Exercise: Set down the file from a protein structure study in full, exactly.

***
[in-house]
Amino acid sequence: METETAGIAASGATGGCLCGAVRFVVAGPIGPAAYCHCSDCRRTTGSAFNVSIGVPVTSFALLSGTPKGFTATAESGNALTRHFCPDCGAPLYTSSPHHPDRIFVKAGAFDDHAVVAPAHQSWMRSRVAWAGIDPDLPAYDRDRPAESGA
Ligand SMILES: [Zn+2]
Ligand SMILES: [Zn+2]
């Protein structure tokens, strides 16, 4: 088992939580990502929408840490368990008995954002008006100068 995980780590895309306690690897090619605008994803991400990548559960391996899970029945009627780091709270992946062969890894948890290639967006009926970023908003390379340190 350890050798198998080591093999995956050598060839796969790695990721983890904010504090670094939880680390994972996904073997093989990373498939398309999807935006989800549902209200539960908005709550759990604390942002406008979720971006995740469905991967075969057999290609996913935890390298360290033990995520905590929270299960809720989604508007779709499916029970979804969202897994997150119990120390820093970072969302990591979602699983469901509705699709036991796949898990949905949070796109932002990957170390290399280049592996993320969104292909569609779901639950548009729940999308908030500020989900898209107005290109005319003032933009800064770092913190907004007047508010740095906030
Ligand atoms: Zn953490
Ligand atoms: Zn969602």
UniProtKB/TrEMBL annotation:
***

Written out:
[in-house]
Amino acid sequence: METETAGIAASGATGGCLCGAVRFVVAGPIGPAAYCHCSDCRRTTGSAFNVSIGVPVTSFALLSGTPKGFTATAESGNALTRHFCPDCGAPLYTSSPHHPDRIFVKAGAFDDHAVVAPAHQSWMRSRVAWAGIDPDLPAYDRDRPAESGA
Ligand SMILES: [Zn+2]
Ligand SMILES: [Zn+2]
């Protein structure tokens, strides 16, 4: 088992939580990502929408840490368990008995954002008006100068 995980780590895309306690690897090619605008994803991400990548559960391996899970029945009627780091709270992946062969890894948890290639967006009926970023908003390379340190 350890050798198998080591093999995956050598060839796969790695990721983890904010504090670094939880680390994972996904073997093989990373498939398309999807935006989800549902209200539960908005709550759990604390942002406008979720971006995740469905991967075969057999290609996913935890390298360290033990995520905590929270299960809720989604508007779709499916029970979804969202897994997150119990120390820093970072969302990591979602699983469901509705699709036991796949898990949905949070796109932002990957170390290399280049592996993320969104292909569609779901639950548009729940999308908030500020989900898209107005290109005319003032933009800064770092913190907004007047508010740095906030
Ligand atoms: Zn953490
Ligand atoms: Zn969602």
UniProtKB/TrEMBL annotation: